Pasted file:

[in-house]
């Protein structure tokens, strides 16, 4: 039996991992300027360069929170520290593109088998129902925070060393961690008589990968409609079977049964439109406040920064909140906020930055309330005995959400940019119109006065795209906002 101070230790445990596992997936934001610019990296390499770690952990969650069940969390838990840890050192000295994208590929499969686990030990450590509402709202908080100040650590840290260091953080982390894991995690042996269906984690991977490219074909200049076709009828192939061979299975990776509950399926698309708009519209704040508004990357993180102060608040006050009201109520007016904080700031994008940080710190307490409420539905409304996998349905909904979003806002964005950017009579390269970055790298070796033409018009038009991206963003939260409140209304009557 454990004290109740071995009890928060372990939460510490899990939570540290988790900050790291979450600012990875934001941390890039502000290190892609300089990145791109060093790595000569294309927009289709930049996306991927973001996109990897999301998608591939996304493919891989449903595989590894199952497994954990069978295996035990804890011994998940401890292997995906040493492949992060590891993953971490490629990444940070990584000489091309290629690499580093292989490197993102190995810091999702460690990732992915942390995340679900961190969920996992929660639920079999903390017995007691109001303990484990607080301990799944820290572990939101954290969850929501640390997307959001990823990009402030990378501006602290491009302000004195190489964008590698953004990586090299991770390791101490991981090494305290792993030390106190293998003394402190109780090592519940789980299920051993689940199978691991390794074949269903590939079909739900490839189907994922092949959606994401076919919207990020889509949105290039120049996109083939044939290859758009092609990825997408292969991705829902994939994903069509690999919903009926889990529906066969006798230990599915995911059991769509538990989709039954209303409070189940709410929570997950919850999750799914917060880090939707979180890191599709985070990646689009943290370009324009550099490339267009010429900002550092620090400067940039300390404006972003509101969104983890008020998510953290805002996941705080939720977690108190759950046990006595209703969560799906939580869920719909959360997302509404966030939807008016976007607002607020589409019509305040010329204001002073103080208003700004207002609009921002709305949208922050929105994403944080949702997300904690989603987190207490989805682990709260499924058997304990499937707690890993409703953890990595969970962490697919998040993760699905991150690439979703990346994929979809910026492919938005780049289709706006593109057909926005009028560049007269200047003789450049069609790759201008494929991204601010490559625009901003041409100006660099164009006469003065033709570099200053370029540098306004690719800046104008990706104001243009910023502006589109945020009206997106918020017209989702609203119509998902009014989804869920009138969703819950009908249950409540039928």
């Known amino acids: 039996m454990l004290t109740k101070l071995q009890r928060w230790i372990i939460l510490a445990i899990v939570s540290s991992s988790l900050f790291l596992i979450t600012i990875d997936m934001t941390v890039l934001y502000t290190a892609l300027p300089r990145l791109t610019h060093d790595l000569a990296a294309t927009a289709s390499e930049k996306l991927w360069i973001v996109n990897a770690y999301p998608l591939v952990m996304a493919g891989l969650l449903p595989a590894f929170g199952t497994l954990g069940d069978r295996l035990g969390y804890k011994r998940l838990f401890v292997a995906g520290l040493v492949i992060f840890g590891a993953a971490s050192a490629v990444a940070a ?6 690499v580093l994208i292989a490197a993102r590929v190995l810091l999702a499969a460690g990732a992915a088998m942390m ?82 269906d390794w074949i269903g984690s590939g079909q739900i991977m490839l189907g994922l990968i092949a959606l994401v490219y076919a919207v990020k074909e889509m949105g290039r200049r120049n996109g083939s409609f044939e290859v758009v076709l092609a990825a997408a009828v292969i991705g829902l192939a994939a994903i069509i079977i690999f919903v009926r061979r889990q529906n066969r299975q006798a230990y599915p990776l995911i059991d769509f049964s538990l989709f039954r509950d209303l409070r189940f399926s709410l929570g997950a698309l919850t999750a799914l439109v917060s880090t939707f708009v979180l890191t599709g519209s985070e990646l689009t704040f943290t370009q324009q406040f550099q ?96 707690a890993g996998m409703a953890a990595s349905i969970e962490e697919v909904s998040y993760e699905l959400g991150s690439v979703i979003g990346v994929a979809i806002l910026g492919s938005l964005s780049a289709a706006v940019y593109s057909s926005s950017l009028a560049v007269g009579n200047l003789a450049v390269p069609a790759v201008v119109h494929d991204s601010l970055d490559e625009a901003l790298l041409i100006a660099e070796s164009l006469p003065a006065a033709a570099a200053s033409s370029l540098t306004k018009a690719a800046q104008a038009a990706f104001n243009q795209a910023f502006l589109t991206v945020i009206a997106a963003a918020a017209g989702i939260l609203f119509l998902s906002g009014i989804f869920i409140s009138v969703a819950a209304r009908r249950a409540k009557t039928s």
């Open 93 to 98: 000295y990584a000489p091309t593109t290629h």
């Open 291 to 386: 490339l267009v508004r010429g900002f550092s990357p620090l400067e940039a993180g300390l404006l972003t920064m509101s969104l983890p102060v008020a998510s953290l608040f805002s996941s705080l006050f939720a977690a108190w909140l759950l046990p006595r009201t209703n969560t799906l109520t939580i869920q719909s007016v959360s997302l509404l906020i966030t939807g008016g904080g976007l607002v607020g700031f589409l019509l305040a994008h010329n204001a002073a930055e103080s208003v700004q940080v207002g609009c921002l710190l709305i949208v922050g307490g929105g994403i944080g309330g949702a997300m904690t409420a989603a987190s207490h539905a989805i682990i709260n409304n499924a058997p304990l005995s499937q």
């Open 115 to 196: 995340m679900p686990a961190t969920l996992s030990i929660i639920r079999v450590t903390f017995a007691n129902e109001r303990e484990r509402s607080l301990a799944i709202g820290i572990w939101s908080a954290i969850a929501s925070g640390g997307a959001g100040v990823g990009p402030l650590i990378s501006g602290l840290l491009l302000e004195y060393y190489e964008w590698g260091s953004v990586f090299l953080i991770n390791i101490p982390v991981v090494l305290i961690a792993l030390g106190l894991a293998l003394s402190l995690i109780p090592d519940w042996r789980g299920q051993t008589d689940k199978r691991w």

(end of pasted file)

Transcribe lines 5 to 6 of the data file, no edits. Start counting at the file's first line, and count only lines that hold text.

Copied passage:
């Open 291 to 386: 490339l267009v508004r010429g900002f550092s990357p620090l400067e940039a993180g300390l404006l972003t920064m509101s969104l983890p102060v008020a998510s953290l608040f805002s996941s705080l006050f939720a977690a108190w909140l759950l046990p006595r009201t209703n969560t799906l109520t939580i869920q719909s007016v959360s997302l509404l906020i966030t939807g008016g904080g976007l607002v607020g700031f589409l019509l305040a994008h010329n204001a002073a930055e103080s208003v700004q940080v207002g609009c921002l710190l709305i949208v922050g307490g929105g994403i944080g309330g949702a997300m904690t409420a989603a987190s207490h539905a989805i682990i709260n409304n499924a058997p304990l005995s499937q």
């Open 115 to 196: 995340m679900p686990a961190t969920l996992s030990i929660i639920r079999v450590t903390f017995a007691n129902e109001r303990e484990r509402s607080l301990a799944i709202g820290i572990w939101s908080a954290i969850a929501s925070g640390g997307a959001g100040v990823g990009p402030l650590i990378s501006g602290l840290l491009l302000e004195y060393y190489e964008w590698g260091s953004v990586f090299l953080i991770n390791i101490p982390v991981v090494l305290i961690a792993l030390g106190l894991a293998l003394s402190l995690i109780p090592d519940w042996r789980g299920q051993t008589d689940k199978r691991w």